Easter is the Christian celebration of the resurrection of Jesus, but the seasonal chocolate eggs and the bunny who delivers them are nowhere to be found in scripture.
The exact origins of the Easter bunny are clouded in mystery. One theory is that the symbol of the rabbit stems from pagan tradition, specifically the festival of Eostre—a goddess of fertility whose animal symbol was a bunny. Rabbits, known for their energetic breeding, have traditionally symbolized fertility.
Eggs are also representative of new life, and it's believed that decorating eggs for Easter dates back to the 13th century. Hundreds of years ago, churches had their congregations abstain from eggs during Lent, allowing them to be consumed again on Easter. According to History.com, in the 19th century Russian high society started exchanging ornately decorated eggs—even jewel encrusted—on Easter.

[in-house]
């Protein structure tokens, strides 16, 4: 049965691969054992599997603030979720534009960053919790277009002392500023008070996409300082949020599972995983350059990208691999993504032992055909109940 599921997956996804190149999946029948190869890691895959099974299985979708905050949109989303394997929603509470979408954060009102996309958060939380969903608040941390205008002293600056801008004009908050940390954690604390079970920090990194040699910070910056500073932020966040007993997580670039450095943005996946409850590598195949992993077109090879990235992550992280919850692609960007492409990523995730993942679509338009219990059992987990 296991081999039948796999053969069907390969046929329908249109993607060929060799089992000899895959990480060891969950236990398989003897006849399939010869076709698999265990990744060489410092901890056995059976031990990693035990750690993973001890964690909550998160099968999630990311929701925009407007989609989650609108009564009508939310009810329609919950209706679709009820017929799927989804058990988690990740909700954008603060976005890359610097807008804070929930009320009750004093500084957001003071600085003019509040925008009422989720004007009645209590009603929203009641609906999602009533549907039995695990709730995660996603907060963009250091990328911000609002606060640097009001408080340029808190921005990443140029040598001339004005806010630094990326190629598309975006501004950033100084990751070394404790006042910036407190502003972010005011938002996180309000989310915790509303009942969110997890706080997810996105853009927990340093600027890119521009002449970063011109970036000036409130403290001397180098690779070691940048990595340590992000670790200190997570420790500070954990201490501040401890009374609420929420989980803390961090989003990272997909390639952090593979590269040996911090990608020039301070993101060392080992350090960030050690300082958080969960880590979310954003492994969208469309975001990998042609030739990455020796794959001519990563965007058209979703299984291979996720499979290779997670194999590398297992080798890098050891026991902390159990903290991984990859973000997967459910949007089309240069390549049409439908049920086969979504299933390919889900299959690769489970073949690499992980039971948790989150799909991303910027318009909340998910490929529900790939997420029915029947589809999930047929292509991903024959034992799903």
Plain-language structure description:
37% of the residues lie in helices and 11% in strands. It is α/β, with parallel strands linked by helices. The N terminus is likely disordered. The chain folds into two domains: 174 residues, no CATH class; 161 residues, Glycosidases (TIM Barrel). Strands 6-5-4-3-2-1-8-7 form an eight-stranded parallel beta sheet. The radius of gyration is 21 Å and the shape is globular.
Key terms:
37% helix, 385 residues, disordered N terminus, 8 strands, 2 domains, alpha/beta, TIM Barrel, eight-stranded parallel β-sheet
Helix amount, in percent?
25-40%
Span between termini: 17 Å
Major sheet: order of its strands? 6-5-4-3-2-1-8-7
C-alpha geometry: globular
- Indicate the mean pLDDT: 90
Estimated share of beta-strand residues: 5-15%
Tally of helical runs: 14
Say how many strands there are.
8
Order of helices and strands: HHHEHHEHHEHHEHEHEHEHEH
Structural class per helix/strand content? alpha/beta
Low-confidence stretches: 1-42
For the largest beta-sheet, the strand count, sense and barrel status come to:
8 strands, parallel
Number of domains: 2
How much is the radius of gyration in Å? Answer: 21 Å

But how did the Easter Bunny begin delivering eggs on American shores? According to History.com, the theory with the most evidence is that the floppy-eared bearer of candy came over with German immigrants:
According to some sources, the Easter bunny first arrived in America in the 1700s with German immigrants who settled in Pennsylvania and transported their tradition of an egg-laying hare called “Osterhase” or “Oschter Haws.” Their children made nests in which this creature could lay its colored eggs. Eventually, the custom spread across the U.S. and the fabled rabbit’s Easter morning deliveries expanded to include chocolate and other types of candy and gifts, while decorated baskets replaced nests. Additionally, children often left out carrots for the bunny in case he got hungry from all his hopping.